[4] See, Mississippi Abolishes Convict Lease System and Authorizes Creation of Parchman Farm Penitentiary, A History of Racial Injustice, Equal Justice Initiative. (“Rather than humanitarian concerns, the opposition to convict leasing that emerged in 1890 was spurred by economic competition. White laborers and owners of small farms felt the convict leasing system allowed the privileged plantation owners and railroad tycoons to maintain their economic dominance and displace white workers by leasing cheap black labor from the state…. Accordingly, on September 5, 1890, an overwhelming majority of delegates to the Mississippi constitutional convention voted to abolish convict leasing.”)

[5] In 1995 the Georgia Supreme Court failed to find a law that allowed a prosecutor to seek a life sentence for person convicted a second time for the sale or possession with intent to distribute drugs was discriminatorily applied when 98.4% of the 375 persons serving life sentences for a second drug offense were African-American. As Justice Thompson stated in his concurring opinion in Stephens v. State,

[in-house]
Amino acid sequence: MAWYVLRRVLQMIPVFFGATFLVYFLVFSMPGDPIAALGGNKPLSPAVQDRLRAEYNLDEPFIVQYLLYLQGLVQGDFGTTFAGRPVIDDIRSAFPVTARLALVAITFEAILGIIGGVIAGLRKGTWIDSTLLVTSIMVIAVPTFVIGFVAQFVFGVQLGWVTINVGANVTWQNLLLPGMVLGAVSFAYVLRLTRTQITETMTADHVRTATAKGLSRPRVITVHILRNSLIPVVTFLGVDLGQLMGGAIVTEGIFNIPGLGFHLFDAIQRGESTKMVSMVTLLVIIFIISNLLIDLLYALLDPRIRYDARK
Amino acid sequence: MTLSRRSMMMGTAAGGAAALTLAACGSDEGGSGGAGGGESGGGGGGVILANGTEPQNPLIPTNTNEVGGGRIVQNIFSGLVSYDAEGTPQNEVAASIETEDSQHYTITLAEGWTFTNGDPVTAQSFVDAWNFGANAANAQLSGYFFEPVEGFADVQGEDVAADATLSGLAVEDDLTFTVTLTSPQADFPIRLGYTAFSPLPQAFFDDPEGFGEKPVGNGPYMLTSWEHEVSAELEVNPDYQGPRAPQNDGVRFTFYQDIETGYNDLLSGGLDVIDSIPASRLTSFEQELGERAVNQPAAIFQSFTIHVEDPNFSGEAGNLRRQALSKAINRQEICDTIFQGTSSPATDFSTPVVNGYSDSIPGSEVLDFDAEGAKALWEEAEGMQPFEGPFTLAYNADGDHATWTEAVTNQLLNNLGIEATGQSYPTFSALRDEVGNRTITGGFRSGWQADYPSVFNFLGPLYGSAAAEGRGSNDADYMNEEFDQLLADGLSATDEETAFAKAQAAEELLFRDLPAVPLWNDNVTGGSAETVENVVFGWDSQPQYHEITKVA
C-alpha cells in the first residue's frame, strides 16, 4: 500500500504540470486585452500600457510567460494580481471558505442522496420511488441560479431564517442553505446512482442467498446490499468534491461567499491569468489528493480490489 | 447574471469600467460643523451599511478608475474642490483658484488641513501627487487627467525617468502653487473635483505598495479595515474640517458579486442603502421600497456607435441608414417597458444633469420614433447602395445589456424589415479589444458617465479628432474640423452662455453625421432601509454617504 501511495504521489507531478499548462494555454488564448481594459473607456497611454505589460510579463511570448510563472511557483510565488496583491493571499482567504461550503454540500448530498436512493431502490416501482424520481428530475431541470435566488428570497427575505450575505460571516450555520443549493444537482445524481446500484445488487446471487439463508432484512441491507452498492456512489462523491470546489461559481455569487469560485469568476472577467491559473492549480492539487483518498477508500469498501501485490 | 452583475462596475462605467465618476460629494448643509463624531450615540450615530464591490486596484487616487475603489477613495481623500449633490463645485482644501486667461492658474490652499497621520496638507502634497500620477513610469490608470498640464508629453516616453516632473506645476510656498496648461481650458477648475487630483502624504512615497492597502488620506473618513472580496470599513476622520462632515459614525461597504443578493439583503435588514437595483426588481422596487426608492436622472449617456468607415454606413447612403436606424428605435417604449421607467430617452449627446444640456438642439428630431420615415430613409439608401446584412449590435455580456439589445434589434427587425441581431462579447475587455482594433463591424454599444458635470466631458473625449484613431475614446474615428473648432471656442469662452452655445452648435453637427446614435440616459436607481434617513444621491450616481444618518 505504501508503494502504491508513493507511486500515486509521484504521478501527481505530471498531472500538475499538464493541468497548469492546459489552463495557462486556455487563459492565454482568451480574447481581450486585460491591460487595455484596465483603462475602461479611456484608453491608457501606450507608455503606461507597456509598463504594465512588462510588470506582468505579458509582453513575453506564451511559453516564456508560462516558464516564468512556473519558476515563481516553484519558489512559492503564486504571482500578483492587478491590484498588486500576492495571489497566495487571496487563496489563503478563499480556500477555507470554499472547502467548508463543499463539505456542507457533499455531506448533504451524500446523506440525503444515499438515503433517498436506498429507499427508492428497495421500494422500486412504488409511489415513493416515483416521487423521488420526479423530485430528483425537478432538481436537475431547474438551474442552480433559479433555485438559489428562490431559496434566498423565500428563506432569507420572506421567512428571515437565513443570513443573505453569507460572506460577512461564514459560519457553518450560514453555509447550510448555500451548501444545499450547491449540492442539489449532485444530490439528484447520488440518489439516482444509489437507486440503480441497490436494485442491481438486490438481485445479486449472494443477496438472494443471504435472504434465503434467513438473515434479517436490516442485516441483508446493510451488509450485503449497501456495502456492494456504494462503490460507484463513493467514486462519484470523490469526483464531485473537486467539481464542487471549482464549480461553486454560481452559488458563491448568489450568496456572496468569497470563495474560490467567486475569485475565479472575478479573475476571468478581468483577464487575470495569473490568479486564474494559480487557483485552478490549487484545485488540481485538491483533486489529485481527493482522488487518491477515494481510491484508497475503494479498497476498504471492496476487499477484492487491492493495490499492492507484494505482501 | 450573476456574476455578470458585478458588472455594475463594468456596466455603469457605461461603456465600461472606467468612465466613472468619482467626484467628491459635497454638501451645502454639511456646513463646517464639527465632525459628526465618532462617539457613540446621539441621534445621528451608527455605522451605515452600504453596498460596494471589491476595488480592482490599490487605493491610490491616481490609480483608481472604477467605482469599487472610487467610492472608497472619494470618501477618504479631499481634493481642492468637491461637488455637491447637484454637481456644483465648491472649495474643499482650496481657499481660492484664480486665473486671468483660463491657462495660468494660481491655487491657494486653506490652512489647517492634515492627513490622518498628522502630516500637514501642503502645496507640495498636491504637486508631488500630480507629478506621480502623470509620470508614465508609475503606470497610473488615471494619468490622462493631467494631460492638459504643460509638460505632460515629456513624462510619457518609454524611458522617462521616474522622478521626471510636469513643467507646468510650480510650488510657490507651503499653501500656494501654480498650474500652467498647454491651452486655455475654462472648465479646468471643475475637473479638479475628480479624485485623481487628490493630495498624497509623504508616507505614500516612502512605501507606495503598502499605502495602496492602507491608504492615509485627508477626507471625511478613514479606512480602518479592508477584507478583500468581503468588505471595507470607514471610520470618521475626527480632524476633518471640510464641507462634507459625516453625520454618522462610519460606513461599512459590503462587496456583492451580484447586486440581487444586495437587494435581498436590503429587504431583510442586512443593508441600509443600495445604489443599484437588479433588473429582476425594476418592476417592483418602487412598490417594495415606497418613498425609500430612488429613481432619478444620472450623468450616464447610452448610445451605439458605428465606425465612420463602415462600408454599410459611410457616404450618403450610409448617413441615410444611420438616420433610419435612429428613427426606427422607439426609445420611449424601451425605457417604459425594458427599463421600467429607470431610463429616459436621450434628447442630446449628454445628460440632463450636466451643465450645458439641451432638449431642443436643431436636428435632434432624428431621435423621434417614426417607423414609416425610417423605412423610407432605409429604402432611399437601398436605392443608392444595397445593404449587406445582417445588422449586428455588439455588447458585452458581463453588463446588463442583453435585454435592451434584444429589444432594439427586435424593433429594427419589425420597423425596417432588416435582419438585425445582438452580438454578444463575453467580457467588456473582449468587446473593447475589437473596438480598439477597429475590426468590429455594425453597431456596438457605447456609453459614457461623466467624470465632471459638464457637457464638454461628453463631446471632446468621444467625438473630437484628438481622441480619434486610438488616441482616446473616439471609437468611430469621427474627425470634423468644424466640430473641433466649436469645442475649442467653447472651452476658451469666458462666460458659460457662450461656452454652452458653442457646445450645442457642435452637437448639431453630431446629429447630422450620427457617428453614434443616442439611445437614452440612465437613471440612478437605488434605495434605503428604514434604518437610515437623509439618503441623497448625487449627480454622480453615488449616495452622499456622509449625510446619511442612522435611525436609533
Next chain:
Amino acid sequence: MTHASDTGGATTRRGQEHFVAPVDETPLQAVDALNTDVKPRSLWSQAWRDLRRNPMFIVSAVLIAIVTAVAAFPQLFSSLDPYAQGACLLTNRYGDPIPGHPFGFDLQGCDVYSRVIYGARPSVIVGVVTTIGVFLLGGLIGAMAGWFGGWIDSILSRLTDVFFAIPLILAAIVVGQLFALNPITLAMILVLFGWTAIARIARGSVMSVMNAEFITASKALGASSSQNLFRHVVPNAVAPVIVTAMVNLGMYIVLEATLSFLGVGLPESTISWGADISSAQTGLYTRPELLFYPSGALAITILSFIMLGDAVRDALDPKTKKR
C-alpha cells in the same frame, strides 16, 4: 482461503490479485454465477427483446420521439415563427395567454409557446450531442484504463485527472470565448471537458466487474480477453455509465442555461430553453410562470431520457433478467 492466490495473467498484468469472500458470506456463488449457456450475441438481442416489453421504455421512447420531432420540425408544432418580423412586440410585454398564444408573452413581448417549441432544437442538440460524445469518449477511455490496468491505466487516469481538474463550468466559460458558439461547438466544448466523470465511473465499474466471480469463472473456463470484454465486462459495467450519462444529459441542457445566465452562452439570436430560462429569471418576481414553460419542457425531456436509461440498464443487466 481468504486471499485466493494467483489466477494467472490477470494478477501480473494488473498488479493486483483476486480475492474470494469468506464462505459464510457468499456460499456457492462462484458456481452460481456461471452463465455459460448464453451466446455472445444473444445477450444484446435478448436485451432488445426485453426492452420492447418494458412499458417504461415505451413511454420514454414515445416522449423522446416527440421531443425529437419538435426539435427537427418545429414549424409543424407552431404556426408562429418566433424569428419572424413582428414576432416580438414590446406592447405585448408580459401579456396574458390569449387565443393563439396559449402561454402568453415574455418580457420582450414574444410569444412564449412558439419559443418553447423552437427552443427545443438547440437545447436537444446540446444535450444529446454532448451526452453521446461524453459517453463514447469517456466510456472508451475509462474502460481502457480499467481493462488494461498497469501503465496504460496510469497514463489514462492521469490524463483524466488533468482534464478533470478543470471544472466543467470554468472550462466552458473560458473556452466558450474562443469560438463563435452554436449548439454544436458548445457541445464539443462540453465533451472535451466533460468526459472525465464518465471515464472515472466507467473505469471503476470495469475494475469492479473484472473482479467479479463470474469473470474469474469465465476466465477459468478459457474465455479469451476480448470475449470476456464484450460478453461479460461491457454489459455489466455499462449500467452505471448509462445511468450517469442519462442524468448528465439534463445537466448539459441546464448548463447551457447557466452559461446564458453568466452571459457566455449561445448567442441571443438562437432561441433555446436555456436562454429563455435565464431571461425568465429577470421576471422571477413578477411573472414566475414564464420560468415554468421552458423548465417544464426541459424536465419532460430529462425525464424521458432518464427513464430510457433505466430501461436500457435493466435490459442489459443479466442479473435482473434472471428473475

“[W]e are introduced to statewide statistical information which must give us pause: From 1990 to 1994, OCGA §16–13–30(d) was used to put 202 out of 1,107 eligible African-Americans in prison for life. During that same period, the statute was used to put 1 out of 167 eligible whites in prison for life. A life eligible African-American had a 1 in 6 chance of receiving a life sentence. A life eligible white had a 1 in 167 chance of receiving a life sentence. An African-American was 2,700 percent more likely to receive a life sentence than a white.“